A new set of recommendations for provision of physical therapist services related to COVID-19 in the acute hospital setting acknowledges the necessity of involvement of PTs well-trained in respiratory physical therapy, but cautions that facilities should be judicious in their use. The recommendations have already been endorsed by APTA, its Cardiovascular and Pulmonary Section, and the APTA Academy of Acute Care Physical Therapy, albeit with a few caveats that not all of the Australia-based guidance will apply in the U.S. The guidance will be published soon in the Australian Journal of Physiotherapy.
The recommendations are limited to PTs and "other relevant stakeholders" in acute care settings who are providing care to patients with suspected or confirmed COVID-19. The guidance focuses on workforce planning and preparation including screening for physical therapy as well as the actual delivery of interventions and personal protective equipment requirements, and includes more than 60 recommendations ranging from shift planning to the specific types of PPE PTs should wear.
Among the recommendations:
- Facilities should consider organizing separate teams to manage COVID-19 versus noninfectious patients.
- PTs who are practicing within the ICU should have specialized knowledge of working in that setting, while other PTs in the facility who have ICU experience but aren't currently working in the ICU, as well as PTs without recent cardiorespiratory experience, should be facilitating rehabilitation and discharge planning for non-ICU/non-COVID-19 patients.
- PTs with "advanced" ICU skills should be supported to screen patients with COVID-19, with some being identified as "clinical leaders."
- Staff who are pregnant should avoid exposure to COVID-19.
- Physical therapist examination and interventions should be provided only when there are clinical indications for need such as “mobilisation, exercise and rehabilitation e.g. in patients with comorbidities creating significant functional decline and/or (at risk) for ICU acquired weakness” with guideline authors writing that "unnecessary review of patients with COVID-19 within their isolation room/areas will also have a negative impact on PPE supplies."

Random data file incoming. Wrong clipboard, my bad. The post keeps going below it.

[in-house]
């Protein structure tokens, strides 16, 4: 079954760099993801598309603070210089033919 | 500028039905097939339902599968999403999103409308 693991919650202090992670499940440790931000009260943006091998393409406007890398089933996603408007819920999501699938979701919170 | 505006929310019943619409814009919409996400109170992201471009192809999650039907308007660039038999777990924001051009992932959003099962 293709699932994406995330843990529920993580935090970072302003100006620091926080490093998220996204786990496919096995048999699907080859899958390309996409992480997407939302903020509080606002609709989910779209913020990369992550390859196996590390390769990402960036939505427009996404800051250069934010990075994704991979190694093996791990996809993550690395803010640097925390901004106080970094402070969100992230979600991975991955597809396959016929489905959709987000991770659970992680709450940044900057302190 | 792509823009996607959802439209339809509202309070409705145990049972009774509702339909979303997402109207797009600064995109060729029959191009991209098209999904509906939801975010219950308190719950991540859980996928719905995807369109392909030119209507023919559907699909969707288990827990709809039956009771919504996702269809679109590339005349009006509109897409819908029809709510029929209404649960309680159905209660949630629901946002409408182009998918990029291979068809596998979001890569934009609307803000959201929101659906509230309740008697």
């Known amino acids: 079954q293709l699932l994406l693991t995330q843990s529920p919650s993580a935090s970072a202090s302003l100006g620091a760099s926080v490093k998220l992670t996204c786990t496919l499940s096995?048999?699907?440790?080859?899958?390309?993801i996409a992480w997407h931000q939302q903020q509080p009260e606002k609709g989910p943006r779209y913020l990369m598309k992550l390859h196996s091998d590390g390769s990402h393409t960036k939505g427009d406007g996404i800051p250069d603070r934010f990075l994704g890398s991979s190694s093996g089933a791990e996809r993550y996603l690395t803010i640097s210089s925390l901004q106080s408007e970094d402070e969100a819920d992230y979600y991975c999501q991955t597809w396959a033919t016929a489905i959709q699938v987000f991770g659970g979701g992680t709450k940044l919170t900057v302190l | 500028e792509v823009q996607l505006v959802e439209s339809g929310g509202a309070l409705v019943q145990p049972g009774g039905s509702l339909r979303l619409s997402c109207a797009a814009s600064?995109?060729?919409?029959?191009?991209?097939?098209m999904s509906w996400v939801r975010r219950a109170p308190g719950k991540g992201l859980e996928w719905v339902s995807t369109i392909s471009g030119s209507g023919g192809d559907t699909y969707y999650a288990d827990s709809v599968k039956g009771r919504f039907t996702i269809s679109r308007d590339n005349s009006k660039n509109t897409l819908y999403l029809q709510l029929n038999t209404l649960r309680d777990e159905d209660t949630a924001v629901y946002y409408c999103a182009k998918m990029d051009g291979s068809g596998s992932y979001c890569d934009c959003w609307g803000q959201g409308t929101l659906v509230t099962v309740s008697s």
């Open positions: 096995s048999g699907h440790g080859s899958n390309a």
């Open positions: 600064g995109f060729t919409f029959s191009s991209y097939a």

- If aerosol generating procedures (AGPs) are required, they should be conducted in a negative-pressure room, or at least in a single room with the door closed, with a minimum number of staff, all wearing PPE. Coming and going should be minimized during the AGP.
- PTs should not implement AGPs, including humidification or noninvasive ventilation, without first obtaining agreement with a "senior doctor."
- PTs should take droplet and airborne precautions, including the use of a high filtration mask, when providing mobilization exercise and there is a risk of the patient coughing or expectorating mucous.
- Direct physical therapist interventions should be considered only when there are "significant functional limitations (e.g. [risk for] ICU-acquired weakness, frailty, multiple comorbidities, advanced age)" in the patient.
- Staff should be trained in donning and doffing PPE, including N95 fit-checking.
- For COVID-19 infected patients who may require AGPs, airborne precautions should be followed that include an N95/P2 mask, fluid-resistant long-sleeve gown, goggles/face shield, and gloves. The guidelines also recommend hair cover and shoes that are impermeable to liquids.
The recommendations also include guidance on patient screening for the appropriateness of PT involvement and an overview of medical management of patients with COVID-19.
Because the guidelines were developed in relation to the Australian physical therapy environment, some of the recommendations aren't directly applicable to typical U.S. acute settings, where respiratory therapists tend to perform some of the activities associated with physiotherapists in Australia.
Still, says Bill Boissonnault, PT, DPT, DHSc, FAPTA, APTA's executive vice president of professional affairs, the resource should be carefully reviewed by physical therapists and facilities in the U.S.
"These guidelines are solid, sensible, and timely," Boissonnault said. "During this crisis, the focus needs to be on connecting the PTs trained for ICU and respiratory physical therapy with only the COVID-19 patients who meet the criteria for treatment. Within the acute hospital setting, we can best respond to the pandemic by making careful, informed decisions that avoid needlessly risking the spread of this disease but also provide needed physical therapy care for patients. These recommendations can help facilities achieve that goal."
In addition to endorsement from APTA, its Cardiovascular and Pulmonary Section, and the APTA Academy of Acute Care Physical Therapy, the recommendations also have received support from the World Confederation for Physical Therapy, The Australian Physiotherapy Association, the Canadian Physiotherapy Association, AIR (the association of Italian respiratory physical therapy), the UK's Association of Chartered Physiotherapists in Respiratory Care, and the International Confederation of Cardiorespiratory Physical Therapists.